Mangroves are ecosystems that are essential for preserving the biodiversity and equilibrium of the environment. Yet they are under threat from human activity in many places on the planet. How can they be protected? In Togo and Benin, voodoo priests are sanctifying these natural spots. And it seems to be working miracles!
Sacred voodoo: a tool for preserving natural resources
Mangroves are an aquatic and terrestrial environment whose vegetation acts as a buffer between the sea and the continent; this means that they can slow the effects of tsunamis and high tides and preserve the coasts from erosion. They also capture carbon dioxide (CO2), the main greenhouse gas responsible for global warming. In addition to providing protection and attenuating climate change, mangroves are home to a diverse range of fauna and flora. The destruction of mangrove ecosystems is having more serious consequences than could be imagined at first glance.
Local and international stakeholders are taking action to preserve these mangroves, using very different approaches. One approach involves sacred rituals, used in many African societies to protect animal and plant species that are under threat. Here, sacred rituals are used in addition to awareness raising and training in the sensible, sustainable use of resources.
Mangroves are an aquatic and terrestrial environment whose vegetation acts as a buffer between the sea and the continent; this means that they can slow the effects of tsunamis and high tides and preserve the coasts from erosion.
The Forêt d’Assévé: an example of conservation that combines science and ritual
In Togo and many other West African countries, villages are under the authority of traditional chiefs and voodoo priests. Twelve kilometres from the capital, Lomé, the Forêt d’Assévé has been classified as "sacred" by the traditional and religious representatives, together with the administrative authorities and local NGOs; this is the result of an unusual experiment to preserve natural resources. The process used to protect this forest is rooted in the cultural context and based on preliminary mapping work that distinguished two separate forest zones:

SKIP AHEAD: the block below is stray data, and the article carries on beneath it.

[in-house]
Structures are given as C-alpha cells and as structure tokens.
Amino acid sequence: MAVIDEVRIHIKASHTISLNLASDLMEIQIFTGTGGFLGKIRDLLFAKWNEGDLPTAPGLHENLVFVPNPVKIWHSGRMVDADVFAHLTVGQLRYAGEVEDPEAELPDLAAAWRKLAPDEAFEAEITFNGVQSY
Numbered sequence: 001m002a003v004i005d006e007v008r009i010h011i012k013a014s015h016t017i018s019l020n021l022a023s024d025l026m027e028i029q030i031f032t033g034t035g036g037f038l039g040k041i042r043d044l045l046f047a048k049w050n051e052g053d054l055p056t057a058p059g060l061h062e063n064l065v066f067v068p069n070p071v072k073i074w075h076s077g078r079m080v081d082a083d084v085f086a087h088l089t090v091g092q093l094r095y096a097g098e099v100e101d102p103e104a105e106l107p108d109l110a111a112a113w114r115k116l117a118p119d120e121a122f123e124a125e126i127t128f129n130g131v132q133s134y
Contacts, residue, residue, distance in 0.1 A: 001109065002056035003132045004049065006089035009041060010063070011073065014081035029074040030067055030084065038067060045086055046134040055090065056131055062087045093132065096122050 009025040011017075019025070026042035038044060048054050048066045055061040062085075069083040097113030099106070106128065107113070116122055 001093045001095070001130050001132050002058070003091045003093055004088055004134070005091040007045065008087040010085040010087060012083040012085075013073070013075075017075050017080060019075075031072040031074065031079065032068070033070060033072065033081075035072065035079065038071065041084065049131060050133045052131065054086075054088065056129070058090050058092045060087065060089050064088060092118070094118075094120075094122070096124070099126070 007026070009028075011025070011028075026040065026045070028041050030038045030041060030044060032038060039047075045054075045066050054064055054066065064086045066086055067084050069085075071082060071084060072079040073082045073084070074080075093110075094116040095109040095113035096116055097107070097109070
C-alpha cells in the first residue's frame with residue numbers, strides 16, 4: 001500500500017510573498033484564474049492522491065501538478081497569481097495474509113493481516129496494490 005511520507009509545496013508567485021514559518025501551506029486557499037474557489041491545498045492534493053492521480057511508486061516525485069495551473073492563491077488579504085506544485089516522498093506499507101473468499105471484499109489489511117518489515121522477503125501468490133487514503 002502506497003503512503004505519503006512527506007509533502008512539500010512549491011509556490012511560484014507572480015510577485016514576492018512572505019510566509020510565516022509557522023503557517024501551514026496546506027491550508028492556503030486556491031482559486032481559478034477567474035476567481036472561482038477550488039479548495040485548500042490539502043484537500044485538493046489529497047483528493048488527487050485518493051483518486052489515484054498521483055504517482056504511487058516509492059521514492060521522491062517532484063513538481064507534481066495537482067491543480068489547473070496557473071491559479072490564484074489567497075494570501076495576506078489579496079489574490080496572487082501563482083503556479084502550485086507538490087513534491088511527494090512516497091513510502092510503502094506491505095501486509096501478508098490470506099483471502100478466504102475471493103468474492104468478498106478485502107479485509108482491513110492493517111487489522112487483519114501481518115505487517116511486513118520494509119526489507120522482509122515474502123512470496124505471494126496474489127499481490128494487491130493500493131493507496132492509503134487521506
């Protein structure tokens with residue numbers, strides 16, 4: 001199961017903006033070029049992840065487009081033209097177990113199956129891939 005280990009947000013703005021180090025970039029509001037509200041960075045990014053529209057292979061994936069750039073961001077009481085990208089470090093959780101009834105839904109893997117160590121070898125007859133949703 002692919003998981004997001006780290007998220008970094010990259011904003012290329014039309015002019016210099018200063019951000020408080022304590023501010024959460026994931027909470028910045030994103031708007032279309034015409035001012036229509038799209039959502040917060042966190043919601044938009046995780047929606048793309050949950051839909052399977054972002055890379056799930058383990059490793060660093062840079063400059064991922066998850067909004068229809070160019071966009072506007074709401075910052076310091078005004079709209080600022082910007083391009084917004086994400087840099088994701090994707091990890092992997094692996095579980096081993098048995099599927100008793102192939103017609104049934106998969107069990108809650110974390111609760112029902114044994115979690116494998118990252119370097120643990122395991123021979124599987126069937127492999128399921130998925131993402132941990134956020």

- a central core, the hotbed of the reserve, where representations were placed of divinities who formally prohibit the cutting of wood;
- a less protected zone, which can only be exploited on certain days of the week; in this area, certain species of endangered fish cannot be fished and certain types of tree cannot be cut down.
Public ceremonies led by voodoo priests sanctify these locations to reinforce the rules established by the traditional chiefs, the guardians of traditions, and state the divine threat to anyone thinking of breaking the bans. If the rules are violated, the sanctions may include community service, a fine paid in kind (donation of a sheep) or a monetary fine. The sanction in the most serious cases may be permanent exclusion from the village.
Public ceremonies led by voodoo priests sanctify these locations to reinforce the rules established by the traditional chiefs, the guardians of traditions.
Gautier Amoussou, coordinator of the NGO Eco-Benin (partners of ULB-Coopération) which supported this process, explained, "In Benin's national mangrove management strategy, this procedure has clearly been communicated and recommended by the State as a tool that can be adopted in mangrove conservation projects. We have seen that this method has been used in other regions in the last ten years and led to the restoration of the mangrove ecosystems."
"Some might think that we are depriving the population of access to their resources, but in reality these restrictions allow the fish, crabs and crayfish to reproduce, which benefits everyone. The more protected mangrove zones there are, the more fish we will be able to catch. It is better to meet the needs of everyone than just one person," stated Basile Amoussou, resident and member of local association Doukpo-Bénin.
The more protected mangrove zones there are, the more fish we will be able to catch. It is better to meet the needs of everyone than just one person.
The Forêt d’Assévé is considered a model of successful conservation. Although sacred rituals were involved in the process, they must be put into perspective, as many factors have contributed to this success. The success factors here include the active participation of the local administrative authorities, the capacity for dialogue between civil society stakeholders and the religious authorities, the work of the local NGOs, the increased awareness of the people, the distance from urban areas, which reduces anthropogenic pressure, and the large surface area of the forest which decreases the human impact!